While preparing a measuring setup for a project, I've realized that the multimeter our lab can provide only supports resistance measurements up to 10^8 Ohm. Since the materials we want to measure go way beyond that, I intended to connect the material in parallel to another resistance and simply add one calculation step to get the desired value, but what if the samples cannot be prepared that way, are there other alternatives to appropriating the measurement for the multimeters range?

  • \$\begingroup\$ If you can connect a multimeter then you can connect a parallel resistor. Think about it. \$\endgroup\$
    – Andy aka
    Commented Oct 7, 2021 at 11:25
  • 1
    \$\begingroup\$ If you have a resistor which you think is near the value of the resistance you are trying to measure, you could use a Wheatstone bridge. \$\endgroup\$ Commented Oct 7, 2021 at 11:26
  • 3
    \$\begingroup\$ Megaommeter is used for those tasks. \$\endgroup\$
    – user263983
    Commented Oct 7, 2021 at 11:30
  • \$\begingroup\$ Hi everyone, thank you for the comments and help. I should have specified that we are working inside an isolated fume hood, thus having the setup as small as possible is essential. That's what motivated the question to look for alternatives to additional elements. \$\endgroup\$
    – Lara
    Commented Oct 7, 2021 at 11:36
  • \$\begingroup\$ In a pinch, an Insulation Tester might also work. Note that these typically output a large voltage (up to thousands of volts, careful!) in order to measure high resistances. \$\endgroup\$
    – rdtsc
    Commented Oct 7, 2021 at 11:57

4 Answers 4


If the things you want to measure have a resistance that goes way beyond what you can measure with a DMM, then paralleling a shunt resistor to bring it into range will rapidly turn small measurement errors into big device under test errors.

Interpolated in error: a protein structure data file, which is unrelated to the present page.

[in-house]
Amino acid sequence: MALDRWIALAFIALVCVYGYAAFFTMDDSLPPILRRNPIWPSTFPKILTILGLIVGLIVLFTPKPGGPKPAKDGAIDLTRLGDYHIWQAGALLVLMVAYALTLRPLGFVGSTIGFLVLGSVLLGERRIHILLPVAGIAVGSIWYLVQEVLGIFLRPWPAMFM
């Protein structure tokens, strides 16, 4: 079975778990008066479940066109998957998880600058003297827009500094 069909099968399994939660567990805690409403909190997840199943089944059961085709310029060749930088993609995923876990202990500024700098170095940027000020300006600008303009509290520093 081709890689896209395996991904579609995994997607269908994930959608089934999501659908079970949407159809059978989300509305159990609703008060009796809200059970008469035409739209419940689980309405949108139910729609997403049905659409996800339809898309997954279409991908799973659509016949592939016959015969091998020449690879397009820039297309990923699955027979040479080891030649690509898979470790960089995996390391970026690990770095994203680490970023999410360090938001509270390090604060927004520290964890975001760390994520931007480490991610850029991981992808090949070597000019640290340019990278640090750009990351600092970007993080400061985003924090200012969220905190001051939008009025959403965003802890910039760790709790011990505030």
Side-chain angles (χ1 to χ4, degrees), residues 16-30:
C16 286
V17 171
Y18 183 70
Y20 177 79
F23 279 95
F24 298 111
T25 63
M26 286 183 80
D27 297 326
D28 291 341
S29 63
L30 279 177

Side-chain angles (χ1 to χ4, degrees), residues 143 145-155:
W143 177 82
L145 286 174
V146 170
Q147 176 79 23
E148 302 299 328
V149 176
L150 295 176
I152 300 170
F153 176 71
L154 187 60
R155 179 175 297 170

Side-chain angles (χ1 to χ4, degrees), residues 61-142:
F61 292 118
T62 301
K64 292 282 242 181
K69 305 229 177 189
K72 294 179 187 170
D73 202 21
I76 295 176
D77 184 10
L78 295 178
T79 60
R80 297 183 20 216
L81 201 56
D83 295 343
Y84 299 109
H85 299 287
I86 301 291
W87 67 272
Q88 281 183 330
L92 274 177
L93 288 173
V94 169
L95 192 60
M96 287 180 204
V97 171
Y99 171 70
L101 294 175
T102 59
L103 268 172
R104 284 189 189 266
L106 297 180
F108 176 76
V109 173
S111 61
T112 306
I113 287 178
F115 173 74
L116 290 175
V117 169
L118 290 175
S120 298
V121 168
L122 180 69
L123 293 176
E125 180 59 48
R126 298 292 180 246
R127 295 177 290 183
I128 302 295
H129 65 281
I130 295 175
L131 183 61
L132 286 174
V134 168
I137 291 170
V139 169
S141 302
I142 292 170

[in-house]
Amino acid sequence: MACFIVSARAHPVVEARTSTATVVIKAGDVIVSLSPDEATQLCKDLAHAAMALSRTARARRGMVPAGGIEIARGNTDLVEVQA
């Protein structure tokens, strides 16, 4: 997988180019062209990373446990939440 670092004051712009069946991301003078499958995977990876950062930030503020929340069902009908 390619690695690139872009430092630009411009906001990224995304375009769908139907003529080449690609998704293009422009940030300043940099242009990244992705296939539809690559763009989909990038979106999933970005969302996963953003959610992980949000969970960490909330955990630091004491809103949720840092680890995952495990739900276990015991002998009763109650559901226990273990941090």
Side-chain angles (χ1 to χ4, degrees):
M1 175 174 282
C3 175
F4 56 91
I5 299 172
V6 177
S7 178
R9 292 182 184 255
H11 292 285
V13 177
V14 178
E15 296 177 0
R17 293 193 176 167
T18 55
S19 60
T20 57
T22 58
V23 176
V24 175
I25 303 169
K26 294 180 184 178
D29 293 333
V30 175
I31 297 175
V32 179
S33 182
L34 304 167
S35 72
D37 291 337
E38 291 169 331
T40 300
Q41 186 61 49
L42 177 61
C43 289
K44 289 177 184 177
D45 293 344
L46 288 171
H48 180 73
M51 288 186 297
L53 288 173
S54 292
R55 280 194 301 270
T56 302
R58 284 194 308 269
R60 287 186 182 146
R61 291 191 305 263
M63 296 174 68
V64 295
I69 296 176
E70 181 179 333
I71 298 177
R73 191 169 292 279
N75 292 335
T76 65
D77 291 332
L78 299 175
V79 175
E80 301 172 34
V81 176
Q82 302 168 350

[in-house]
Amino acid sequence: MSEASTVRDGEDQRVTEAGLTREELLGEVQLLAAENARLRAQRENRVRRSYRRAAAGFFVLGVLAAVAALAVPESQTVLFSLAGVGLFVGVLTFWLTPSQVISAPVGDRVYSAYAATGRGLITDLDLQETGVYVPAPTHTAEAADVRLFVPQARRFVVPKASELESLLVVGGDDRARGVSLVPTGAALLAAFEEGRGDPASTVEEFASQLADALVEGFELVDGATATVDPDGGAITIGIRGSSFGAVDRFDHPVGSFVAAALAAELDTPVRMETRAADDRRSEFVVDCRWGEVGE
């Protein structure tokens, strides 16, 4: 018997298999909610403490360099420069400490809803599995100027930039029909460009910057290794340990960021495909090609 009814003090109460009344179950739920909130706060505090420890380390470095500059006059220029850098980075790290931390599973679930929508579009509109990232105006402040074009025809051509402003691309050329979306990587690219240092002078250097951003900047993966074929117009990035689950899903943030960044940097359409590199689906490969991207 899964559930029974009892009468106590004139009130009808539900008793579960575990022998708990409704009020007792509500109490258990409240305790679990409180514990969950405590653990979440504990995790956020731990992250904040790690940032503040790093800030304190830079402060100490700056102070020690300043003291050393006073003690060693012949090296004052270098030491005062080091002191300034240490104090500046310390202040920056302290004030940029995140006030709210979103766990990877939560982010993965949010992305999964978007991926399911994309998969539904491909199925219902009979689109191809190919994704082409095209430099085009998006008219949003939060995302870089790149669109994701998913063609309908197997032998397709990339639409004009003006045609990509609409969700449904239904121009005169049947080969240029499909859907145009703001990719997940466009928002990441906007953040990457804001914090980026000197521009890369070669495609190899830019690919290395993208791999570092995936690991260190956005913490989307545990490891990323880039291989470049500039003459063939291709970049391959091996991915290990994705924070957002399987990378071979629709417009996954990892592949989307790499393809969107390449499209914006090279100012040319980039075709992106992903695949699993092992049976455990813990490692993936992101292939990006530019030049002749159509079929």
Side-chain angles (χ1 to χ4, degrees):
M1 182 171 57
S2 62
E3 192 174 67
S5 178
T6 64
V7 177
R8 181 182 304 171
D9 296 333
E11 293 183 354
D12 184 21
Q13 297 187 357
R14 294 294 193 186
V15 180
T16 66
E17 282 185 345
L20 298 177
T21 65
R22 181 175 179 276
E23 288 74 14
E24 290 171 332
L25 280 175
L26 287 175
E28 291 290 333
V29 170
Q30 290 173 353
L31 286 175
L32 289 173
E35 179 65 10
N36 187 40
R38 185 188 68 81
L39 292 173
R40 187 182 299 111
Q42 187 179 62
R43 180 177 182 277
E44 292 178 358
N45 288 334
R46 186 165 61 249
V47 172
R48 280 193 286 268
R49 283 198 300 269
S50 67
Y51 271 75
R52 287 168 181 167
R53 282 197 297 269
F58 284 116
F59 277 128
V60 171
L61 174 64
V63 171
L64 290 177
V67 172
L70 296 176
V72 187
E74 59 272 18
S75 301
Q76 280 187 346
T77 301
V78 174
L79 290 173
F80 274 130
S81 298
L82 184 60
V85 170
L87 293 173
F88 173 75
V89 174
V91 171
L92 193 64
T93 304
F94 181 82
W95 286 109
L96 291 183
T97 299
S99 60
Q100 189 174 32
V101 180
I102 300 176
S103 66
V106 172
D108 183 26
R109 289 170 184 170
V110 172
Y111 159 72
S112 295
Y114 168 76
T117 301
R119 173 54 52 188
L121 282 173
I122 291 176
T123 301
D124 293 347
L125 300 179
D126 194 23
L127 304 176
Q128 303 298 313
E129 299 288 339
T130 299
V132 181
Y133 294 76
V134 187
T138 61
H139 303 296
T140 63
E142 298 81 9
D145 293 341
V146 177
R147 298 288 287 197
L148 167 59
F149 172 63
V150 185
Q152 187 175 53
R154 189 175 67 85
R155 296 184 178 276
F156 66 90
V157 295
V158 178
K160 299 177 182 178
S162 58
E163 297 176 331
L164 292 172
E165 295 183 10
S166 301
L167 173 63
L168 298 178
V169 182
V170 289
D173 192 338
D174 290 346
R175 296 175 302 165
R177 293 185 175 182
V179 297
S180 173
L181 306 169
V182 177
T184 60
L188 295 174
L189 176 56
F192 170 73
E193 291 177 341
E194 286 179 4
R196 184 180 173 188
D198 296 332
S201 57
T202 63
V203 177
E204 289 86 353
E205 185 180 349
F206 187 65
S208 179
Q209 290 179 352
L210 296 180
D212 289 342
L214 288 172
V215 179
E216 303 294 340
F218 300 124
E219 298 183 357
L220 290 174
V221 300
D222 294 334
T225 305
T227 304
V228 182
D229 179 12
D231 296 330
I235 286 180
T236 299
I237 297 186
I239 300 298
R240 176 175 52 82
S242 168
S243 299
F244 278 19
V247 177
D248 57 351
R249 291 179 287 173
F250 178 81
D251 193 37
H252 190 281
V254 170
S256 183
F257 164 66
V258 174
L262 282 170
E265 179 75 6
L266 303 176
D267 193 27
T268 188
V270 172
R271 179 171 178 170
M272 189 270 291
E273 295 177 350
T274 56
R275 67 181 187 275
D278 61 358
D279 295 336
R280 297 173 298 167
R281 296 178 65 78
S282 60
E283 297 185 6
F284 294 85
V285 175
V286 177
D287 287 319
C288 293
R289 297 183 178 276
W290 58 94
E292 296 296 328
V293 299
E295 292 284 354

You would do better to go back to first principles and devise your own measurement system. For modest number of GΩ you can buy GΩ level resistors and use a very low bias current CMOS opamp as a buffer. Measuring the voltage Wheatstone style will also work.

For even higher resistances, measuring the discharge rate of a good PTFE capacitor (ie sample the voltage, disconnect, then sample again a minute later) shunted by the sample will allow you to observe very small currents.

  • \$\begingroup\$ If you measure the discharge rate of a good PTFE capacitor connected to a 1 GΩ resistor, a voltmeter with 10 MΩ input resistance will discharge the capacitor during a second more than the 1 GΩ resistor during a minute. Discharge is a 100 times faster. \$\endgroup\$
    – Uwe
    Commented Oct 7, 2021 at 12:45
  • \$\begingroup\$ @Uwe Did you read my last paragraph, which says (ie sample the voltage, disconnect, then sample again a minute later) ? The 'disconnect' bit is important, but perhaps I should have emphasised 'disconnect the meter' \$\endgroup\$
    – Neil_UK
    Commented Oct 7, 2021 at 13:12
  • \$\begingroup\$ Of course I read your last paragraph, which says (ie sample the voltage, disconnect, then sample again a minute later). If you need a second to sample, the interval between two samples should be several minutes long to get a precise result. The discharge rate of PTFE capacitor alone should be much smaller than the rate with the resistor in parallel. \$\endgroup\$
    – Uwe
    Commented Oct 7, 2021 at 13:33

Lets do the math. A 1 GΩ resistor in parallel to a 100 MΩ resistor, the result is 90.90 MΩ. A 2 GΩ resistor instead is 95.238 MΩ.

A large change of the GΩ resistor will result in a small change of the parallel connection. A precise measurement of the GΩ resistors is impossible this way.


Measure the current and voltage instead. And calculate the resistance with R=U/I.

(Atleast if the current and voltage are in range of the DMM)


Here's a way, using a DC voltage source (< 50 V), a DMM having an input impedance around 10 MΩ (to measure current using its voltage function), and a calculator to calculate the resistance of the specimen.

enter image description here

Measuring gigaohms with a simple multimeter

Courtesy: https://www.giangrandi.org/electronics/gigaohm/gigaohm.shtml#voltage_source


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